Rocky Mountain Wolf Project (2019: $30,000) is educating Colorado residents about the significant benefits of reintroducing gray wolves into the western portion of the state. Colorado’s last wolf was killed in the 1940’s. Since that time elk and deer populations have exploded and disrupted habitat for beavers and songbirds. A pending November 2020 ballot initiative presents Colorado voters with a remarkable opportunity to reconnect wolf populations from the northern Rockies through southwestern New Mexico. https://www.rockymountainwolfproject.org/
Scenic Rivers Land Trust (2018: $10,000) is a local land trust near Annapolis, MD dedicated to preserving natural and scenic areas in Anne Arundel County, MD with a primary focus on the watersheds of the Severn, South, West, Rhode and Patuxent Rivers. Biophilia Foundation provided the foundational grant to support this work preserving the South River Greenway, a 10,000-acre forested area at the headwaters of the South River, outside Annapolis. The Greenway provides excellent habitat for more than a dozen species of forest interior dwelling birds and regionally important reptiles.
Trap Free New Mexico Coalition (2018: $5,000) is a coalition of wildlife organizations working to raise awareness of the harm trapping wildlife causes and to build support to ban trapping on public lands in the State of New Mexico. Trapping often harms endangered and protected species, including the Mexican gray wolf and imperils New Mexico’s public land, wildlife, people and companion animals. https://trapfreenm.org/
Wildlands Network (2018: $100,000 and 2019: $50,000) imagines a world where nature is unbroken and where humans co-exist in harmony with the land and its wild inhabitants. Their mission is to reconnect, restore and rewild North America so that life in all its diversity can thrive. Parks and other protected areas serve as the building blocks for wildlands networks across the continent. Biophilia Foundation’s grant will help Wildlands Network complete its critical work.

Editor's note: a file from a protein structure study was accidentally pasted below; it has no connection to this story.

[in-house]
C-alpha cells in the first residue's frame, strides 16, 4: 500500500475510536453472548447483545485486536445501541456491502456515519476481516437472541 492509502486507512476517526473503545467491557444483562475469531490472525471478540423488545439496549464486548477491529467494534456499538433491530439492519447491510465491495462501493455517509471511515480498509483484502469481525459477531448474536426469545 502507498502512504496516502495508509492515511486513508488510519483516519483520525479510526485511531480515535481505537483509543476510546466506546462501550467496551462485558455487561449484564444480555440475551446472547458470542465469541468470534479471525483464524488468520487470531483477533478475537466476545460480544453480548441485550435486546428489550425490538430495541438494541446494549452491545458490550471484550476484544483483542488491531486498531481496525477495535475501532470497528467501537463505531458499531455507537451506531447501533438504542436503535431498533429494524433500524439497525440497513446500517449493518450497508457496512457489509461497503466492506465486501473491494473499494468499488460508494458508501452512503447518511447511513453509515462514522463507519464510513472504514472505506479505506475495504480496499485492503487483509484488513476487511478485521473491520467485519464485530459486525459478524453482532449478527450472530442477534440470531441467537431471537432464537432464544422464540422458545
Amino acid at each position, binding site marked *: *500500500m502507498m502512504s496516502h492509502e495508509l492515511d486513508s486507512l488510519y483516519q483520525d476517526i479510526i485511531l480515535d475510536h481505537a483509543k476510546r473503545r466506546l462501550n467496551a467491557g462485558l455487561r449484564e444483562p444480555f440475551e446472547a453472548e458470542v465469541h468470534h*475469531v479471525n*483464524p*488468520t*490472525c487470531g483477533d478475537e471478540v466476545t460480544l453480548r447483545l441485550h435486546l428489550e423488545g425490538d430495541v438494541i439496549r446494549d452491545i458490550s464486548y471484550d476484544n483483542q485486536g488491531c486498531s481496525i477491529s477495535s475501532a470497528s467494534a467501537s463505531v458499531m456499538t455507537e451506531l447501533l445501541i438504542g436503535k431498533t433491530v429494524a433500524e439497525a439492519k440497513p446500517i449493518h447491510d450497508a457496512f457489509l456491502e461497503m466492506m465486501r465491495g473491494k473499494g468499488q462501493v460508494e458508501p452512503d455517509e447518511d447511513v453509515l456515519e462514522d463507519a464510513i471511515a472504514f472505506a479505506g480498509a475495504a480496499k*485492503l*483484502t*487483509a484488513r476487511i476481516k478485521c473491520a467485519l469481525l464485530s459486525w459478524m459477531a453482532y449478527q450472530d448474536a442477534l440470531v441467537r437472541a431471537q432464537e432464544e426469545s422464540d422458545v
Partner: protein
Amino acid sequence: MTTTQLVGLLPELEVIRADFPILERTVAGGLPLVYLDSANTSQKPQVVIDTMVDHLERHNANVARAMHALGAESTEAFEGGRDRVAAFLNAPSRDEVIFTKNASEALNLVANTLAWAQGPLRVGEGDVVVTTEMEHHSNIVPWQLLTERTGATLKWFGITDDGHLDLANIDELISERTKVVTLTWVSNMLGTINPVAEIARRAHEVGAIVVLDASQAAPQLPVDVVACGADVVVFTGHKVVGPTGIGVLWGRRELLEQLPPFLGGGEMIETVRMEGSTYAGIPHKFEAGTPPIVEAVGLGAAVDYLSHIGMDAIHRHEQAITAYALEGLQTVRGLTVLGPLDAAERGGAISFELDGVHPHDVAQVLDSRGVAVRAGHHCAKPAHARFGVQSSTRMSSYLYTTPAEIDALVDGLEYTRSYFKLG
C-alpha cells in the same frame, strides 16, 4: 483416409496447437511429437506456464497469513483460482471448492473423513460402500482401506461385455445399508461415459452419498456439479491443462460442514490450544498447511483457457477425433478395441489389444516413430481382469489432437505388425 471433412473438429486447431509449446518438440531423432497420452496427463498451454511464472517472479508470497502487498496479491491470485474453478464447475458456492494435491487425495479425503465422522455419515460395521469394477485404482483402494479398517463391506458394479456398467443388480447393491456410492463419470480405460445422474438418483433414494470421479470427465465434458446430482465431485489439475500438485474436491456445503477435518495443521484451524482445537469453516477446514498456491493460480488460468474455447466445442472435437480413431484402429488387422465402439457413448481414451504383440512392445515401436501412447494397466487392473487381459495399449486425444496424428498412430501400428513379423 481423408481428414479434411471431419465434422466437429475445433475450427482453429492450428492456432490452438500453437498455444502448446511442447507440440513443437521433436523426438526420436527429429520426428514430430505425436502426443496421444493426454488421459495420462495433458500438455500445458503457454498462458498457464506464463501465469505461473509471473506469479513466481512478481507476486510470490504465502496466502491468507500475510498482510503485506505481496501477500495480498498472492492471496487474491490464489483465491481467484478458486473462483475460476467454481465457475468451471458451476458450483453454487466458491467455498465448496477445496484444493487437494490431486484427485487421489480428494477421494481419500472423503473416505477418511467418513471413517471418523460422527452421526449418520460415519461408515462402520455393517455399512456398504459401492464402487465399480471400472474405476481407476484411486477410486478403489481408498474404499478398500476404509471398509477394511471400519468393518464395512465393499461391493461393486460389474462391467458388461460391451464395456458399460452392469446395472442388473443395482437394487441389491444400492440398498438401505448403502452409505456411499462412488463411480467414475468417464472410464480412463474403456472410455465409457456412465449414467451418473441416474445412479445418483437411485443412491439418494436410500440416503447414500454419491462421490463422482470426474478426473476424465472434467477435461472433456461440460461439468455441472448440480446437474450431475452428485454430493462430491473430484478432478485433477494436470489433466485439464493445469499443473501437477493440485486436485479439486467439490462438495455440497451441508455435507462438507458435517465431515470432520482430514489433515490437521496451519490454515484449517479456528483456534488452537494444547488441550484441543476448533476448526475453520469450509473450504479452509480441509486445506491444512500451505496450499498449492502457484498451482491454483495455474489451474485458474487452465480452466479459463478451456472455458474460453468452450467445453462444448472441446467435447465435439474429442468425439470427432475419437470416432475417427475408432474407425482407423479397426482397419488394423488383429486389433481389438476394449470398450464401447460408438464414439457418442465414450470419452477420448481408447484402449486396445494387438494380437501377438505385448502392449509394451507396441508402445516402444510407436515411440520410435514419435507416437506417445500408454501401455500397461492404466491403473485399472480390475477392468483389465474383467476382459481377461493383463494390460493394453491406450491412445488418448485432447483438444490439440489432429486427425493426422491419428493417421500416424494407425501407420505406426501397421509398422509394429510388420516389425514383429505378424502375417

Wildlife Corridors LLC is preserving one of the most important wildlife corridors in Arizona. The 1,245 acre tract was slated for 189 homes. Wildlife Corridors is working to retire those development rights. The property provides critical habitat for ocelots, long-nosed bats, black bears and mountain lions. The corridor will help preserve the link between the Huachuca, Patagonia, and Santa Rita Mountains which are home to the only two known jaguars in the United States. Biophilia Foundation is helping retire development rights to preserve the 1,000 acre wildlife corridor and has also provided a grant to help restore habitat in the corridor as well. As of December 2019, enough funds have been donated to protect more than half of the corridor.
Wild Utah Project (2018: $18,000) strives to provide the best available and up-to-date science to advance conservation across Utah by filling gaps in ecological literature, addressing threats to wildlife habitats, providing partners with scientific support for conservation strategies and engaging citizens in conservation science. Biophilia Foundation is supporting their partnership with Yellowstone to Uintas Connection to install wildlife friendly fencing in a critical migratory corridor in western Wyoming, eastern Idaho and northern Utah.
Yellowstone to Uintas Connection (2018: $15,000) works to restore fish and wildlife habitat in the Yellowstone to Uintas Corridor through the application of science, education and advocacy. This region connects unique and irreplaceable wildlife habitat in in the Yellowstone Ecosystem to the Uinta Wilderness and Southern Rockies in Idaho, Utah and Wyoming. Biophilia Foundation is supporting their partnership with Wild Utah Project to install wildlife friendly fencing in this critical migratory corridor in western Wyoming, eastern Idaho and northern Utah.[/vc_column_text][/vc_column][/vc_row][vc_row height=”large” us_bg_overlay_color=”#f5f5f5″][vc_column animate=”afb”][vc_column_text]